Tuesday, July 26, 2011

IN SEARCH OF BALANCE

Let me be upfront. I’m not sure where this is going today. Like an unmapped ribbon of road laid out in front of me or, perhaps, like a fine single track previously undiscovered or travelled lightly, I’m pretty much just forging ahead  looking for direction or clarity or maybe just release. I’ve had this “bug in my head” for some time now and sometimes I think I have it nailed down and then, just as I start to put finger to keyboard, it flies away like a beautiful Maple leaf with its fall colors as a breeze just keeps easing it out of my reach.

I know it has to do with balance. Some of my professional training recently would lean me toward Mindfulness. There is also an element of personal accountability mixed into this stew of thoughts making electrical connections in my brain. An image that continues to come to the forefront in times of quiet respite is a see-saw.

A see-saw bike

(The cycle as a see-saw)

I know this particular period of contemplation coincided with or just prior to…

my return to cycling after many, many years away. A physical injury from an unlikely and unpredicted source led me to an awakening from an essentially decade long period of somnolence in some areas of my life. In short, I was unbalanced…

My priorities at the time had become over weighted. Work, of some type, permeated my waking and sleeping moments. I recall my graduate students poking fun at me because the class notes I prepared for lectures were time stamped at 1:00 and 2:00 in the morning.This is not a new story for anyone. The American culture has often been criticized for too much emphasis upon work and I was by far NOT the most imbalanced person I know when it came to work. Still, for me, I was out of balance. My previous activity levels of a good hour of step aerobics followed by 2 hours of racquetball 3 or 4 times a week were gone – out of sight – out of mind. Those hours were replaced with falling into the recliner upon getting home from work and sitting there mindlessly absorbing our culture as presented by the TV.

So, the injury moved me to do something different. I had to hit “my bottom” in order to change my lifestyle and thus my balance. Now, the Mindfulness aspect of this, as I understand it, would be that I accept where I was in that lost decade and move on becoming more focused on what is around me here and now. This is one of the great gifts and great lessons of cycling. For if you aren’t in the “here and now” while riding, you are going to get hurt when the present reaches up and smacks you back into the moment.

While riding and being present in the moment, I still find that thoughts somehow manage to fling off their suppressions and come to the forefront. Having a wonderful memory of my father one day while riding still brings me joy. It came out of the blue when I was more in balance. I wasn’t carrying my worries with me. I was enjoying a great descent with a warm wind in my face and all of a sudden I had such a feeling of peace and of certain knowledge that my dad was with me.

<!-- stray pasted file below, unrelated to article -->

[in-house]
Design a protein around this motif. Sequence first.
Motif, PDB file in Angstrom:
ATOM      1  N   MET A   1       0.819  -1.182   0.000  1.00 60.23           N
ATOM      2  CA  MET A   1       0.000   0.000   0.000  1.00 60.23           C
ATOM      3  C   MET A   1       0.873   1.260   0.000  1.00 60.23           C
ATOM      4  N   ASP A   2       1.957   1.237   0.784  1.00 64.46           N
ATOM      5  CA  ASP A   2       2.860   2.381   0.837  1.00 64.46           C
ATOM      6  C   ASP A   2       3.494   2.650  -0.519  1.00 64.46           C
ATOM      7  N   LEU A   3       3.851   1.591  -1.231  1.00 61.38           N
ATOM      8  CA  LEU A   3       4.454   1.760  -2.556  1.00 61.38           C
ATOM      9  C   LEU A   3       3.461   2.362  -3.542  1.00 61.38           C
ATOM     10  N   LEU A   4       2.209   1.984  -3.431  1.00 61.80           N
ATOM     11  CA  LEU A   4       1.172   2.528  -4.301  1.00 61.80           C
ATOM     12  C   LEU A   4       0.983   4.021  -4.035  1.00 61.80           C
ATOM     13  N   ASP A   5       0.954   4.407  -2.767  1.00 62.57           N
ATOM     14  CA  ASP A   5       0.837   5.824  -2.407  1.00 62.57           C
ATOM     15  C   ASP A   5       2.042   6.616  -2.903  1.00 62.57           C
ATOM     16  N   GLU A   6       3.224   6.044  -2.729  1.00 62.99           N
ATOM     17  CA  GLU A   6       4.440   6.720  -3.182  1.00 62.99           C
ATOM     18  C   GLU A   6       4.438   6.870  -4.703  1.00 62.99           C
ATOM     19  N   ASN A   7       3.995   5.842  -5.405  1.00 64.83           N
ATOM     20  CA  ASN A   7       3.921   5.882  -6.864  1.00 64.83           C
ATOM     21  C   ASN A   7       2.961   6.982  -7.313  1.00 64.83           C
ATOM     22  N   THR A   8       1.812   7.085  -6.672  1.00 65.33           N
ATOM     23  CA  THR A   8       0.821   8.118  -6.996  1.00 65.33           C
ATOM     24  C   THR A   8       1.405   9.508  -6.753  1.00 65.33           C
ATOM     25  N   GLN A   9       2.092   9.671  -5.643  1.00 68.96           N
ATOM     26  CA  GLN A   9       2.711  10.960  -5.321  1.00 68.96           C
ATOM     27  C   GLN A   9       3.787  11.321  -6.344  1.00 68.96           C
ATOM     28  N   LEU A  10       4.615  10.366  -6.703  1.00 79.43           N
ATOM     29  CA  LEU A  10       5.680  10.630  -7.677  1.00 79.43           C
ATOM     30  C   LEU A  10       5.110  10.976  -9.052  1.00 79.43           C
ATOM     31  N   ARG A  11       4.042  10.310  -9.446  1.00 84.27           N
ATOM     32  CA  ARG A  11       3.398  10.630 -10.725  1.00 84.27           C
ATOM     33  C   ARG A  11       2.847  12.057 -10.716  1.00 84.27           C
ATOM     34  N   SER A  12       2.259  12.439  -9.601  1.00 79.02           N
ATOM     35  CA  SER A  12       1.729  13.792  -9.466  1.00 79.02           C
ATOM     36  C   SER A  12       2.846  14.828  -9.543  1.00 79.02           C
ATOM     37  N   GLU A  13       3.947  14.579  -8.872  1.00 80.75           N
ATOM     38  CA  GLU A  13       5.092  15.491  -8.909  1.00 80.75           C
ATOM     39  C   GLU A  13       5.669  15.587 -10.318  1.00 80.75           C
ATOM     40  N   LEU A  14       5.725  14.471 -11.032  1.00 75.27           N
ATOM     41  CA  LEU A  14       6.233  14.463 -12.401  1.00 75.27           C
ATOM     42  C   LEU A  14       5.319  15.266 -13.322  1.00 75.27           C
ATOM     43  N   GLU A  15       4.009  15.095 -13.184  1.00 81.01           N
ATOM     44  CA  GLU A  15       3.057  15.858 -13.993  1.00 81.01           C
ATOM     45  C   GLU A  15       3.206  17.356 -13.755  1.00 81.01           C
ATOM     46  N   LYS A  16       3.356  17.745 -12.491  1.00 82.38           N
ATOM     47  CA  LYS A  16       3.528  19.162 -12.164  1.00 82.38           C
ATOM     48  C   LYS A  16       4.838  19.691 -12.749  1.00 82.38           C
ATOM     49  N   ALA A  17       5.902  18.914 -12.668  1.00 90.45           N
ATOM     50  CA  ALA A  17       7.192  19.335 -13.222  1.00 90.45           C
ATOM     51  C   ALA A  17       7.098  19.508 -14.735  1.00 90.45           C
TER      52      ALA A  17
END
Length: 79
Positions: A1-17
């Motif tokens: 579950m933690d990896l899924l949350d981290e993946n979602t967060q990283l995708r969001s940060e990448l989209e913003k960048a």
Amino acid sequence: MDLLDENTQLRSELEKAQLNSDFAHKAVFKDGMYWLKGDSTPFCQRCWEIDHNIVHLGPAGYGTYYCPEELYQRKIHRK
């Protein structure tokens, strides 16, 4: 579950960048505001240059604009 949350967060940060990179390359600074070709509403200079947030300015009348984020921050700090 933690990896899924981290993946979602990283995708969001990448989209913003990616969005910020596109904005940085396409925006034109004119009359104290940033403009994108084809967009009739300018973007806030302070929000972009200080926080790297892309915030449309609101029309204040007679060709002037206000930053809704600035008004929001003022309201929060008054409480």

It is little moments like these that keep me in search of balance. As I cycled more and became more educated about the world of cycling, I began to perceive what I thought was imbalance in the larger society. This led to advocacy and I’ve been fortunate enough to find a vehicle through cycling to try and change my little part of the world. I see the great imbalance in what we say (I don’t want to pay these gas prices!) and what we do as a nation (We don’t cut back our use of fuels. We still drive 1 or 2 miles to the store when almost all of us could manage that short distance on foot or cycle and be the better for it.)

Of course, advocacy can provide you with an opportunity to become unbalanced just as work can give you an opportunity to become unbalanced. More time in meetings after work means less time to ride. This leads me to the next thought in this mishmash of thoughts and that is “what is my personal responsibility?” Certainly I can’t reach out and make people live their lives differently even if it is the result of good intentions. Just as I had to do, people have to come to their own “bottom” and find that they are tired of being on either the low end or the high end of the see-saw. Both ends, to me, represent imbalance.

I’m working on the proposition that the best thing I can do is to be personally responsible for how much gas I use and what efforts I make to live more in balance with the world around me. Hopefully, by being personally responsible, I can  intrigue someone else to try it and then maybe they will similarly influence someone else.

So, here I am today at the end of my path of thought. Maybe I’m back where I started, maybe not. Wherever it is, I accept it as is and look forward to what is around the next corner. How’s your balance?

Until later,

- Zeke

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